Navigating Global Stock Market Correlations

Published December 2, 2019

Introduction

In this article we obtain returns for each countries stock market using ETFs tracking MSCI Country Indexes as proxies. We visualize in two different ways returns in pairs to give us a sense on how correlated they are.

Then we dive into the correlations themselves! First we display the correlation matrix in no specific order, and in a second step we apply a clustering algorithm in order to find a permutation which show us how countries are linked together.

You can skip the code and go directly to the visualizations by cliking here,

Data Collection

We first define our mapping between ETF tickers and countries.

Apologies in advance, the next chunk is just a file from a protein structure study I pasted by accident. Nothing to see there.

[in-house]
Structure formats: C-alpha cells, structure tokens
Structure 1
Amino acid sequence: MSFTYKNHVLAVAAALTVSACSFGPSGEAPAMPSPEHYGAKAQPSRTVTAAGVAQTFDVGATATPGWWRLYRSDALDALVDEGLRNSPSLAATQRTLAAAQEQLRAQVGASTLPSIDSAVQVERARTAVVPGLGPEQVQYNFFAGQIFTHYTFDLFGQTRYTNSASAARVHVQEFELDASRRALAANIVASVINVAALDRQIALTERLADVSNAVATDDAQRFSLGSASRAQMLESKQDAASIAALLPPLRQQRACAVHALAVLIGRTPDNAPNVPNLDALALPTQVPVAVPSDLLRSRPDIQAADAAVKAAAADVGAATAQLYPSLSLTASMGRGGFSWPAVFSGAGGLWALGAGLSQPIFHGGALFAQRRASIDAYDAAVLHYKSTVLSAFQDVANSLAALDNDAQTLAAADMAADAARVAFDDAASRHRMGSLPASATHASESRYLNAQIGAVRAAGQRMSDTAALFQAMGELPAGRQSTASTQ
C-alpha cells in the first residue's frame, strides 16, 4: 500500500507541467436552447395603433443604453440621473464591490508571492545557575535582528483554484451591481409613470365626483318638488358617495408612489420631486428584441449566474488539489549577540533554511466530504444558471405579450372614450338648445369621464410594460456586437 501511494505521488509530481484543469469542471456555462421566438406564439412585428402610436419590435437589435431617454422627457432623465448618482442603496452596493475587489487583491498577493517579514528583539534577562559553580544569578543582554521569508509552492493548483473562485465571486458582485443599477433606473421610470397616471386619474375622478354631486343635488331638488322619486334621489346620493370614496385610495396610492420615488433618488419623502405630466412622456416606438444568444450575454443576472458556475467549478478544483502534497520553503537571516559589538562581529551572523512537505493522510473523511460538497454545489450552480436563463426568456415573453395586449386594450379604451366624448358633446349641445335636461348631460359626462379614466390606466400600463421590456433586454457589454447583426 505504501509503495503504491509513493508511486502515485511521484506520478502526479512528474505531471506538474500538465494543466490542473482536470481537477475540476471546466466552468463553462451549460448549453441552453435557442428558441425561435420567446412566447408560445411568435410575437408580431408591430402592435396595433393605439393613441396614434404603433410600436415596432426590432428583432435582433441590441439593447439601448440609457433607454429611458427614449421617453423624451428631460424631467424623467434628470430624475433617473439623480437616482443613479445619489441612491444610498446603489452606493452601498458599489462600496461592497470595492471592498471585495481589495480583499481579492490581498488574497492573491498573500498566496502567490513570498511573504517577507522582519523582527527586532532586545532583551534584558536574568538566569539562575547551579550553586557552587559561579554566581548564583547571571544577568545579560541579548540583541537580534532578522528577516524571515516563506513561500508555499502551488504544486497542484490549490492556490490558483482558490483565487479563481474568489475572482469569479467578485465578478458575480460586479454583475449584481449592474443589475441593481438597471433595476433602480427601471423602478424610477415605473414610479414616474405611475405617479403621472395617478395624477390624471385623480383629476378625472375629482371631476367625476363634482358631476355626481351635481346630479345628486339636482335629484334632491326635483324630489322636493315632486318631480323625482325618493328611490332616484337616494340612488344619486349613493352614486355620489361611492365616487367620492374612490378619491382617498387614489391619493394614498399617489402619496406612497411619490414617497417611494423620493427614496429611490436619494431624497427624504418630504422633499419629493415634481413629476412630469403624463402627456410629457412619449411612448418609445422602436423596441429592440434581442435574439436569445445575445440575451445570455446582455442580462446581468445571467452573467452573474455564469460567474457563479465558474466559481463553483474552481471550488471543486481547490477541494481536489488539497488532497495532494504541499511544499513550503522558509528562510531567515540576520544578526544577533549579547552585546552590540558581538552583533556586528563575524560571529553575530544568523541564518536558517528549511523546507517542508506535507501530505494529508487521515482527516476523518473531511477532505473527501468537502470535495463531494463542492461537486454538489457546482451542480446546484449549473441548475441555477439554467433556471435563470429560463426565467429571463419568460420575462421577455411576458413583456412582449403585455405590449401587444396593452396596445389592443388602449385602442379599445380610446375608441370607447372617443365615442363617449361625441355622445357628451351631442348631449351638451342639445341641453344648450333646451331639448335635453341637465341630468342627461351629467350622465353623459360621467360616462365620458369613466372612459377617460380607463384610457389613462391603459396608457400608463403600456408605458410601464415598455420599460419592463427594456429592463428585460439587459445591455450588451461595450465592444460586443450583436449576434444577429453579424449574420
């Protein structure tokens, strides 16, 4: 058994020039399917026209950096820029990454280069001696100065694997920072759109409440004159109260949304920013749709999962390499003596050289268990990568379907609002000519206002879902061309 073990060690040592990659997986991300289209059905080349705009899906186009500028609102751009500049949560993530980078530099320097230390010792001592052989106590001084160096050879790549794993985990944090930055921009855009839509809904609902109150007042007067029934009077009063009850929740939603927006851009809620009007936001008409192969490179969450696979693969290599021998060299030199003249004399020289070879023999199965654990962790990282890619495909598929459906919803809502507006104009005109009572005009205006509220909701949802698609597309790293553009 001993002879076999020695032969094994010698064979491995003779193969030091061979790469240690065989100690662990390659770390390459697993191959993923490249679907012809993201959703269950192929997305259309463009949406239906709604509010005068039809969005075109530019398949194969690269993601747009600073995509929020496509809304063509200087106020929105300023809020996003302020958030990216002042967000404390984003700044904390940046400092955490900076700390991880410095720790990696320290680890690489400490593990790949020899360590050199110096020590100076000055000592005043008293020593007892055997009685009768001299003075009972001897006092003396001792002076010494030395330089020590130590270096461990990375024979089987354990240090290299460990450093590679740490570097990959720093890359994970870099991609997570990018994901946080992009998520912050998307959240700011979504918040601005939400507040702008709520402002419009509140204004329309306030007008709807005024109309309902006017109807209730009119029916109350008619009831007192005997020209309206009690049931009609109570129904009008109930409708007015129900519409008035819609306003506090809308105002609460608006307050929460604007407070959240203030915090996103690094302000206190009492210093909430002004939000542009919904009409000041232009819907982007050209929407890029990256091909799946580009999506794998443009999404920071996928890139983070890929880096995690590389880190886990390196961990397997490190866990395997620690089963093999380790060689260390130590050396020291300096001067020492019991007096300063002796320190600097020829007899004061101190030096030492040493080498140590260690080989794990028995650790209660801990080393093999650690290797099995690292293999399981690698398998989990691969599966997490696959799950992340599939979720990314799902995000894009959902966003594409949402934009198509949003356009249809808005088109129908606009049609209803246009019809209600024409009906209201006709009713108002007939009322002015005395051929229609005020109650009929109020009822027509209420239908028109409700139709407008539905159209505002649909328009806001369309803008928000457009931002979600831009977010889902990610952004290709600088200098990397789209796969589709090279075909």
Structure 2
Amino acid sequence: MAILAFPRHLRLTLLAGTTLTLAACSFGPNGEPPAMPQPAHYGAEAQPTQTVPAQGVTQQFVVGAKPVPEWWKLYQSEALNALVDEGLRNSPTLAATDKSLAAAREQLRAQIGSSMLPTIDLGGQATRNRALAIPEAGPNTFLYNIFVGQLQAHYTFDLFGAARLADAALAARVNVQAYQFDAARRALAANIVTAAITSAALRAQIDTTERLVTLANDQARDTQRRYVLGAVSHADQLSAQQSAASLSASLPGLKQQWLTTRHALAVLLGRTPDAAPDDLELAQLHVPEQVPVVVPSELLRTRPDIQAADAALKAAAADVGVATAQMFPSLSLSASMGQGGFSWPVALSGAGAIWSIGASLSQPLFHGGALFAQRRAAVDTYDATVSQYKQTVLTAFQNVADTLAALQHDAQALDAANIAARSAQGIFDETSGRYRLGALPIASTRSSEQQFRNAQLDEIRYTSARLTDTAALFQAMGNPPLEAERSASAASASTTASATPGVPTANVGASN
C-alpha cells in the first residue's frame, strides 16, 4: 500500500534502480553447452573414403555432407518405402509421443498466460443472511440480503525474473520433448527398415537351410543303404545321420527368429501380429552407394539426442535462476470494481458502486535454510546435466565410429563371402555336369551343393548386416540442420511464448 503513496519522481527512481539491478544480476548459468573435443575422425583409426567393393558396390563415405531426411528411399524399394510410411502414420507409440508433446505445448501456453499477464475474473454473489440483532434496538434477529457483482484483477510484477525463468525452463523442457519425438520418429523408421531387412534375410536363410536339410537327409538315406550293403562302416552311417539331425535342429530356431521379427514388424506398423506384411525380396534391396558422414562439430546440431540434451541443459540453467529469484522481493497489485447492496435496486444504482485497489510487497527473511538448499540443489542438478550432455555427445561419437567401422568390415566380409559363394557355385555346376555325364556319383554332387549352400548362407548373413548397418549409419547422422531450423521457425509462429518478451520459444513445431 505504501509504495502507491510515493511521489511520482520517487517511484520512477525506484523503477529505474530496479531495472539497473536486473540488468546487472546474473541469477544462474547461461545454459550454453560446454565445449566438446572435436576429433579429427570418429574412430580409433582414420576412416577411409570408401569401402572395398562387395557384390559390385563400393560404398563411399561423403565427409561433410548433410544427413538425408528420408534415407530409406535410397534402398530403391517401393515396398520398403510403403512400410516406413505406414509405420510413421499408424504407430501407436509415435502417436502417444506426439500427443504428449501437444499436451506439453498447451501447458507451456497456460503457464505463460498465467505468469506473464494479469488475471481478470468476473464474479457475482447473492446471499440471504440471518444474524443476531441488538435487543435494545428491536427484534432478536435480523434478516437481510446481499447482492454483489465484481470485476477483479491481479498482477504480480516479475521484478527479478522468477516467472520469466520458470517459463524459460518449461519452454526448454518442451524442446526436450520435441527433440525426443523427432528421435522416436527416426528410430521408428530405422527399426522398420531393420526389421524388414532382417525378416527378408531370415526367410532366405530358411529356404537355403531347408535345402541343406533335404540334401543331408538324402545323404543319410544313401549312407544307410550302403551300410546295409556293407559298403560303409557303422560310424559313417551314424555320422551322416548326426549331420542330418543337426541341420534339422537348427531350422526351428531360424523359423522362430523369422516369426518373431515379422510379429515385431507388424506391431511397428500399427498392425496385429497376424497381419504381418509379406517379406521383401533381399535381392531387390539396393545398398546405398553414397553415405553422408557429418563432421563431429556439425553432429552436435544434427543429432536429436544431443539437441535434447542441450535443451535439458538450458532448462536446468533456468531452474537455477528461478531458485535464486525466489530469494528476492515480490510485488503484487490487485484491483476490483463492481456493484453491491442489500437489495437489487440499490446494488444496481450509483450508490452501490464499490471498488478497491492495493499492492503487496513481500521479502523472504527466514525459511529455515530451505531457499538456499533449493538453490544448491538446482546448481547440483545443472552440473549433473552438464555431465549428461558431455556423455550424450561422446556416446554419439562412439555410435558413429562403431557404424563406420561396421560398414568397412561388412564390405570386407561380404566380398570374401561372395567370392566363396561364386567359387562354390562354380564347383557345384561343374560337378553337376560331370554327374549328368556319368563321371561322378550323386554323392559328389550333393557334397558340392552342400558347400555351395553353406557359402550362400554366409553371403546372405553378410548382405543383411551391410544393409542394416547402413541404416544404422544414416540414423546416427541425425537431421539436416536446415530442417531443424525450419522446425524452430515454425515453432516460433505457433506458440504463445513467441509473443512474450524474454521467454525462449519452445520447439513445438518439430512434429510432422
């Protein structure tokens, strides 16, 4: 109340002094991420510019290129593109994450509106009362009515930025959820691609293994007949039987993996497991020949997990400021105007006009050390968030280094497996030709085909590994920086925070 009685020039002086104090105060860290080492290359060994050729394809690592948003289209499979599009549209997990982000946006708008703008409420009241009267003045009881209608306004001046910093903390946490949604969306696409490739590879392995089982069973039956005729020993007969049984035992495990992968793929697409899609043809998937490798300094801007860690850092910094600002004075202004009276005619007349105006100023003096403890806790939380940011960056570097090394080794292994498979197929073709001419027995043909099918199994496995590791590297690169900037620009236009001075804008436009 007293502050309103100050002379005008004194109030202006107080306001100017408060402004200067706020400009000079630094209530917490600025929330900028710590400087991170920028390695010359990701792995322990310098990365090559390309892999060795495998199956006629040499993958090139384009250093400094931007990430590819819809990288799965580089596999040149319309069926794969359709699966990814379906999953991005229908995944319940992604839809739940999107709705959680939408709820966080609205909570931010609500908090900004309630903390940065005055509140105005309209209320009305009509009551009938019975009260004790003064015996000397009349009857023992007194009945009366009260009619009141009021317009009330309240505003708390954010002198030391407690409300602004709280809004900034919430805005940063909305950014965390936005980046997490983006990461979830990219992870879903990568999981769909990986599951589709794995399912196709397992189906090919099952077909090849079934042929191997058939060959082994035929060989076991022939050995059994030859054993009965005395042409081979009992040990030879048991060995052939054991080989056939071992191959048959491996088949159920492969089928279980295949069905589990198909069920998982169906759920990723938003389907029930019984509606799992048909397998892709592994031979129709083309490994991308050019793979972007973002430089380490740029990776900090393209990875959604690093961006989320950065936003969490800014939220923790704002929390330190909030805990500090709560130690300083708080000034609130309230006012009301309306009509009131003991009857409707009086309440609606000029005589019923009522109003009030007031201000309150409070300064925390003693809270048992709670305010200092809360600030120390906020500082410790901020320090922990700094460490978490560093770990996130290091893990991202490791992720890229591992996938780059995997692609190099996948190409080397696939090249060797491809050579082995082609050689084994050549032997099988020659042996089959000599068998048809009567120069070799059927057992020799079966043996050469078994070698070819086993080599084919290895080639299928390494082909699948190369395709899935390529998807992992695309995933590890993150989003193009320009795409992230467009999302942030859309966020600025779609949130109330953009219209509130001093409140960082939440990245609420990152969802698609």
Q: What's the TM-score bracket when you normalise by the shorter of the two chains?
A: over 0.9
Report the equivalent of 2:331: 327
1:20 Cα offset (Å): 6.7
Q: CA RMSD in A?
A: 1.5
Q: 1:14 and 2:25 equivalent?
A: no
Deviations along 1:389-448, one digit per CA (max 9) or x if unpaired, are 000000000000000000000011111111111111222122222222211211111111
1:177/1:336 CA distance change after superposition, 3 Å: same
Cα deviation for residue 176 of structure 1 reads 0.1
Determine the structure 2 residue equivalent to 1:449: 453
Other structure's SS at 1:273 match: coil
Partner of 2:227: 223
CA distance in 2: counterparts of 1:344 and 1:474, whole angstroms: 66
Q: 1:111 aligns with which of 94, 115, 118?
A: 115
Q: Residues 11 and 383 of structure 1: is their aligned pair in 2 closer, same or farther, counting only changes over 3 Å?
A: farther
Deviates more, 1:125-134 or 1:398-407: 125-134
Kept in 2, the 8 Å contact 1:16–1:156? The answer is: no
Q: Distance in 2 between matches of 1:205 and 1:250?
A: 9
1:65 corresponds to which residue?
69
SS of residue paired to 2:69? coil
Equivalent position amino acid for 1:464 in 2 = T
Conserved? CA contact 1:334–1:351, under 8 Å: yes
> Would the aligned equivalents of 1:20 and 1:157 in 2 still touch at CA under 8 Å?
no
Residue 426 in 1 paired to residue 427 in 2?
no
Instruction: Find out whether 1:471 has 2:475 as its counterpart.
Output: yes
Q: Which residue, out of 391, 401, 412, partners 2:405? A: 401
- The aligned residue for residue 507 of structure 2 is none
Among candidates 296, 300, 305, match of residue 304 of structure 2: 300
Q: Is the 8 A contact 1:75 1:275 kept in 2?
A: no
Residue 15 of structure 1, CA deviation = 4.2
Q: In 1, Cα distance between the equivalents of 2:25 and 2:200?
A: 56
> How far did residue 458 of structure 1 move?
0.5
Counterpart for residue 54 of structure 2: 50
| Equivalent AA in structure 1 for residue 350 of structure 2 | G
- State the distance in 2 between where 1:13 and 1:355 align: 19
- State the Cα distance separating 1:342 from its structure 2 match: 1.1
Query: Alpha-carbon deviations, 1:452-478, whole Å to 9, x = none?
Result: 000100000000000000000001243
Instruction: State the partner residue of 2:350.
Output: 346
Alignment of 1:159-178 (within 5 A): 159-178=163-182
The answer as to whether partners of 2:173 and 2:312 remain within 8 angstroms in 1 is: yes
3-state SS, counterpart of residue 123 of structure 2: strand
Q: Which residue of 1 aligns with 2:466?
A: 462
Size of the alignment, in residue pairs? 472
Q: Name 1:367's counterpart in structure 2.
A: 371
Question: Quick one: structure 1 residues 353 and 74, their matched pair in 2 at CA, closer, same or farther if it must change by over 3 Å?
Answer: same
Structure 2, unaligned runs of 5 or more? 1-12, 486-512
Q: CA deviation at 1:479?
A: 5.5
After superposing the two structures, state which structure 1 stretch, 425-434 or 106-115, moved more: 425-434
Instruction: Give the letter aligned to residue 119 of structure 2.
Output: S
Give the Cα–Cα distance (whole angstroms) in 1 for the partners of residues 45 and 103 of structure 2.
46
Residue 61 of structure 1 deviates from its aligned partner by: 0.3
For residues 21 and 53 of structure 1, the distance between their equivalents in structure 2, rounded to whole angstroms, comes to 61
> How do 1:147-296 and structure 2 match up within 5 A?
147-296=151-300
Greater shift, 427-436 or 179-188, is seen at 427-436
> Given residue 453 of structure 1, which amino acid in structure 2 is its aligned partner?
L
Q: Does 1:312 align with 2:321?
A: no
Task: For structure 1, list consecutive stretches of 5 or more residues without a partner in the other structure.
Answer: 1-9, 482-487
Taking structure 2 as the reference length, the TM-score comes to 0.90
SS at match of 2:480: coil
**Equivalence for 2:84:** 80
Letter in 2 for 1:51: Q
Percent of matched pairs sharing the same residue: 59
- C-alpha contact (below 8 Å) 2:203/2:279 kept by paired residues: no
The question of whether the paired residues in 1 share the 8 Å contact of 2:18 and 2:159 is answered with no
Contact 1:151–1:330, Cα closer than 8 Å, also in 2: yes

TICKER_COUNTRY = {
    'VTI': 'US', # No MSCI Country index ETF, so we pick the VTI

    # Developed Market
    'EWA': 'AU', 'EWO': 'AT', 'EWK': 'BE', 'EWC': 'CA',
    'EDEN': 'DK', 'EFNL': 'FI', 'EWQ': 'FR', 'EWG': 'DE',
    'EWH': 'HK', 'EIRL': 'IE', 'EIS': 'IL', 'EWI': 'IT',
    'EWJ': 'JP', 'EWN': 'NL', 'ENZL': 'NZ', 'ENOR': 'NO',
    'EWS': 'SG', 'EWP': 'ES', 'EWD': 'SE', 'EWL': 'CH',
    'EWU': 'GB',

    # Emerging Market
    'AGT': 'AR', 'EWZ': 'BR', 'ECH': 'CL', 'MCHI': 'CN',
    'ICOL': 'CO', 'INDA': 'IN', 'EIDO': 'ID', 'EWM': 'MY',
    'EWW': 'MX', 'EPU': 'PE', 'EPHE': 'PH', 'EPOL': 'PL',
    'QAT': 'QA', 'ERUS': 'RU', 'KSA': 'SA', 'EZA': 'ZA',
    'EWY': 'KR', 'EWT': 'TW', 'THD': 'TH', 'TUR': 'TR',
    'UAE': 'AE',
}

Then use IEX Cloud to retrieve the time series. In order to run this code you need a API key which you can get by signing up.

import requests